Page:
Veil Debate in Britain Is Also Divisive for Muslims
Saturday, October 21, 2006
LONDON, Oct. 20 -- Wearing a Muslim veil revealing only her chestnut eyes, Maheesa Razia grabbed two small bundles of coriander and handed them to a vegetable vendor at the Whitechapel Street Market in east London.
She passed the man a coin and walked off, quietly completing the most mundane of daily tasks while wearing a garment -- the full-face veil, or niqab -- that has caused a raging debate about how well Britain's nearly 2 million Muslims are integrating into society.
"I feel comfortable wearing the niqab here; there was zero awkwardness," Razia, 24, said through the flowing fabric of her veil.
After she walked away, the vendor, Mohammad Dehbourzorgi, a Muslim who moved to Britain 22 years ago, sounded almost contemptuous. He said he agreed with Jack Straw, a top official in Prime Minister Tony Blair's government and leader of the House of Commons, who started the controversy this month by complaining that veils create distance between individuals and cultures.
"Jack Straw has a point," said Dehbourzorgi, who was wearing blue jeans. "If you come to England, then try to be English."
The veil debate has become part of a larger discussion in Britain about Muslims and religious tolerance, free expression, human rights, prejudice and security. These issues have dominated public discourse since the July 2005 bombings on the London public transportation system and a plot uncovered in August this year that allegedly involved blowing up transatlantic jetliners. In both cases, Britons were alarmed to discover that the men who allegedly committed or contemplated mass murder were young Muslim men who had been raised in Britain.
While the veil issue has exacerbated tensions between non-Muslims and Muslims, it has also sparked passionate reactions within Muslim communities. Some Muslim leaders have accused Straw, Blair -- who called veils a "mark of separation" -- and others of demonizing Muslims, but others have said they have raised an important issue that has no clear consensus among Muslims.
"It's a valid discussion for the times in which we live," said Humera Khan of the An-Nisa Society, a Muslim social welfare organization run by women. "But we shouldn't be seen as some crazy, weird people."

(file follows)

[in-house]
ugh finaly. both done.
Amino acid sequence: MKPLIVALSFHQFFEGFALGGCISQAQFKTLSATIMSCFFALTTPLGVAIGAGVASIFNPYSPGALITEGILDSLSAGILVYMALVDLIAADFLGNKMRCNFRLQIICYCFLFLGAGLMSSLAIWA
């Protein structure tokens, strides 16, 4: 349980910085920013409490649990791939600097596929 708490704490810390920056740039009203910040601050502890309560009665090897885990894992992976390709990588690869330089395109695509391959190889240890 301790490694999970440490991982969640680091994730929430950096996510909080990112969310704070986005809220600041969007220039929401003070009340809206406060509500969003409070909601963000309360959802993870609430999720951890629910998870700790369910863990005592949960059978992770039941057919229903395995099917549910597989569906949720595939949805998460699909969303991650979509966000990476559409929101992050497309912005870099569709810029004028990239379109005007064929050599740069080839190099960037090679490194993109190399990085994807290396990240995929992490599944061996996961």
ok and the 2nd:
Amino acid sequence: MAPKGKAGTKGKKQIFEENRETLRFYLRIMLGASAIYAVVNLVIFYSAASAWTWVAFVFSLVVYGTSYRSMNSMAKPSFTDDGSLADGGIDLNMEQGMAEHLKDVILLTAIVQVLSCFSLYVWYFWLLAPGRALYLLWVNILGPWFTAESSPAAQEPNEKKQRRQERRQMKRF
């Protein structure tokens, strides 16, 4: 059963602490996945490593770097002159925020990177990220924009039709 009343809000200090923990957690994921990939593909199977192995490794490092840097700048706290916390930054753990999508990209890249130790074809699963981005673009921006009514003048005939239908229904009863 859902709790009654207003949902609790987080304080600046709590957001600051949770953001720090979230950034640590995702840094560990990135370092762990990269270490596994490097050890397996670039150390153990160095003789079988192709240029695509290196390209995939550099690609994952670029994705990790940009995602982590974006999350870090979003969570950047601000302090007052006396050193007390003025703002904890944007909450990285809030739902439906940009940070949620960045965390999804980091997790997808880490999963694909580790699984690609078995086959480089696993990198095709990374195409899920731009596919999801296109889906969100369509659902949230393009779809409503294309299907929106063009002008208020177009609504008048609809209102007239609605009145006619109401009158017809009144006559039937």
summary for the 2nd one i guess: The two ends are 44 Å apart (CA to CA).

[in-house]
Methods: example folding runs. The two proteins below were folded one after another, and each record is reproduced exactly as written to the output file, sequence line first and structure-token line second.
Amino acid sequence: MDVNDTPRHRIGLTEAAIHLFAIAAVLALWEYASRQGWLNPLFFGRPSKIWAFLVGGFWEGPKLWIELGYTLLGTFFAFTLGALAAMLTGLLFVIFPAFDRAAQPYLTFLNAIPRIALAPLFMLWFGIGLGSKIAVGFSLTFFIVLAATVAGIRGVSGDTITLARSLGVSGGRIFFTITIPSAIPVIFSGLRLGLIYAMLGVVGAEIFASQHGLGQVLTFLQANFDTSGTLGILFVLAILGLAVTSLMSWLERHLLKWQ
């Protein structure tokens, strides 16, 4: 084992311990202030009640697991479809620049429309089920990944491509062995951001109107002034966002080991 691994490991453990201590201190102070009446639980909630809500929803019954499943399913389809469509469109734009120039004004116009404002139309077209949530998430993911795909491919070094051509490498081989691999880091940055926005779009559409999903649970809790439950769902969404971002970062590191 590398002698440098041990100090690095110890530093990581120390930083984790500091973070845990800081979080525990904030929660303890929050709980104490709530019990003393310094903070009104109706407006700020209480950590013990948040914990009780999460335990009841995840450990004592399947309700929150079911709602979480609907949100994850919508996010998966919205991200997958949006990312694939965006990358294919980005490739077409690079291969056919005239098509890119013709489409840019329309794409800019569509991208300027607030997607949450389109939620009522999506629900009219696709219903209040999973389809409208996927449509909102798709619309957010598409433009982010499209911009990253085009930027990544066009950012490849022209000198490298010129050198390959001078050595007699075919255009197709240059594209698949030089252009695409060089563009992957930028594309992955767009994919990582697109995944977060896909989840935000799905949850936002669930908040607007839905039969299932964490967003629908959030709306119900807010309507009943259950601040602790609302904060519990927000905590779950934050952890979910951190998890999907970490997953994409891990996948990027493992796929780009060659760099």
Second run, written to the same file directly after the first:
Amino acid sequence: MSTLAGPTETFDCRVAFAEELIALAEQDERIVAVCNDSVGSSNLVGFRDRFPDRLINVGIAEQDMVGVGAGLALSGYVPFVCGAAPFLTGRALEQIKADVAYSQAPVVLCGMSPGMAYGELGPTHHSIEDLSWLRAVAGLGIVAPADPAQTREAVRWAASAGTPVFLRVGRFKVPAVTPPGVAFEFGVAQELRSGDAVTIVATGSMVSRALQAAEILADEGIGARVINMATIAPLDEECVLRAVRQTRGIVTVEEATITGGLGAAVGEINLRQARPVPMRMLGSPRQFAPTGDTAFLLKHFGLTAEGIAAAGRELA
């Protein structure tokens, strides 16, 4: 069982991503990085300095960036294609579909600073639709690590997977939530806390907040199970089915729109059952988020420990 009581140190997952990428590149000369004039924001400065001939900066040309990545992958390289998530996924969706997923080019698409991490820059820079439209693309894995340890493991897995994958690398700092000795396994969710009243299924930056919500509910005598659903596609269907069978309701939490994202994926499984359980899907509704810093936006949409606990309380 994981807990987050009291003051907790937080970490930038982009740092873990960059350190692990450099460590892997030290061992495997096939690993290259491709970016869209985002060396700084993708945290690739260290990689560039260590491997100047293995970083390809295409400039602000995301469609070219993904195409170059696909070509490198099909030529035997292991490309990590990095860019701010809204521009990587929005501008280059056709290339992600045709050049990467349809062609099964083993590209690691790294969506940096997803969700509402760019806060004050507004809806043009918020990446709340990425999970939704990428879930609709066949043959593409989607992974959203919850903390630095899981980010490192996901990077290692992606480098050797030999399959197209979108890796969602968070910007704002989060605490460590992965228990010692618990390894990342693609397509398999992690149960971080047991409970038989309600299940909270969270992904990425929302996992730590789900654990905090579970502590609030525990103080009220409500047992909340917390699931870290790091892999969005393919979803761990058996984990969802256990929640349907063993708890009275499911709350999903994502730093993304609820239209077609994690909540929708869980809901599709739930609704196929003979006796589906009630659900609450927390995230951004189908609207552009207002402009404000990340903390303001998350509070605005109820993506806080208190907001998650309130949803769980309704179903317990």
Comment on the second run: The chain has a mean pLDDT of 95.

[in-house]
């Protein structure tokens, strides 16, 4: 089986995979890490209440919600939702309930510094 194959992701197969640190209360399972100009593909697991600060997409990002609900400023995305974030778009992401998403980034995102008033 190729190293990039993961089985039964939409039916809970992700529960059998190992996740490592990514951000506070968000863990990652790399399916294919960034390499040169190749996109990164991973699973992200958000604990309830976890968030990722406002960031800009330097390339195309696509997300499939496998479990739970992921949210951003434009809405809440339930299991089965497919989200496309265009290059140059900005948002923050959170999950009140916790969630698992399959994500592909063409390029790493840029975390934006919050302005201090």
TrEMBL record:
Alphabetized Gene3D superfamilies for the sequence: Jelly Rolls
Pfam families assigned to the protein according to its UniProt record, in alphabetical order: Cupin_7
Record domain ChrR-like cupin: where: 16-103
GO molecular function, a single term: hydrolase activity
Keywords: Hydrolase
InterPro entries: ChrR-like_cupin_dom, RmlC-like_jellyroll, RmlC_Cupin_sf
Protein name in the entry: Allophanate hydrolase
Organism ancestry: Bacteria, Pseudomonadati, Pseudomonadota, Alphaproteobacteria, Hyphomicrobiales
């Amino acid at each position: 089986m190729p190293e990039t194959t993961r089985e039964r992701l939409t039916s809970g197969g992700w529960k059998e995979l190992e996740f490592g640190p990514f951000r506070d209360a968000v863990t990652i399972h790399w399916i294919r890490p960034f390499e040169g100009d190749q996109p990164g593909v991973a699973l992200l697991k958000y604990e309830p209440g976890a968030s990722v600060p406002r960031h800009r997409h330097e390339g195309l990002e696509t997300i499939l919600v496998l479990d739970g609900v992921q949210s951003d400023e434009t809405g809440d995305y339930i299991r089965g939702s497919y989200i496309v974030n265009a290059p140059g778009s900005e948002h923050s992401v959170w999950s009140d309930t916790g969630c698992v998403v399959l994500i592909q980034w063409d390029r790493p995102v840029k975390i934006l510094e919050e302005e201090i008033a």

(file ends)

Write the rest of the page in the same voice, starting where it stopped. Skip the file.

Khan said the niqab is worn by "a tiny minority" of British Muslim women. An increasing number of young women have started wearing it, she said, as an "assertion of religious identity" in a climate of "irrational paranoia" about Muslims since the Sept. 11, 2001, terrorist attacks in the United States.
"The debate has become more political than religious," said Khan, who wears a head scarf that does not cover her face. She said Muslims have discussed the veil for hundreds of years and that the issue periodically pops into Western consciousness, often when raised by non-Muslim politicians. "There is historical Islamophobic line of thought about women in veils," she said. "It doesn't tell you anything about us. It tells you more about the people who are raising the issue."
Many Britons have praised Straw for bringing up a delicate issue in a reasonable way. But Fareena Alam, editor of Q-News, a Muslim magazine, said she believed that Straw's comments were a cynical attempt to boost his own political fortunes and that his calls for debate were "complete rubbish, irritating and patronizing." She said the controversy had driven more Muslim women to start wearing the niqab in "rebellion."
Alam said the situation has stifled serious and nuanced debate about the issue, as Muslims who believe that their religion is under attack from outsiders instinctively side with Muslim women who wear veils. She said she recently talked to two traditional Islamic scholars who said the full-face veil was "out of place in the West" and a "barrier to integration."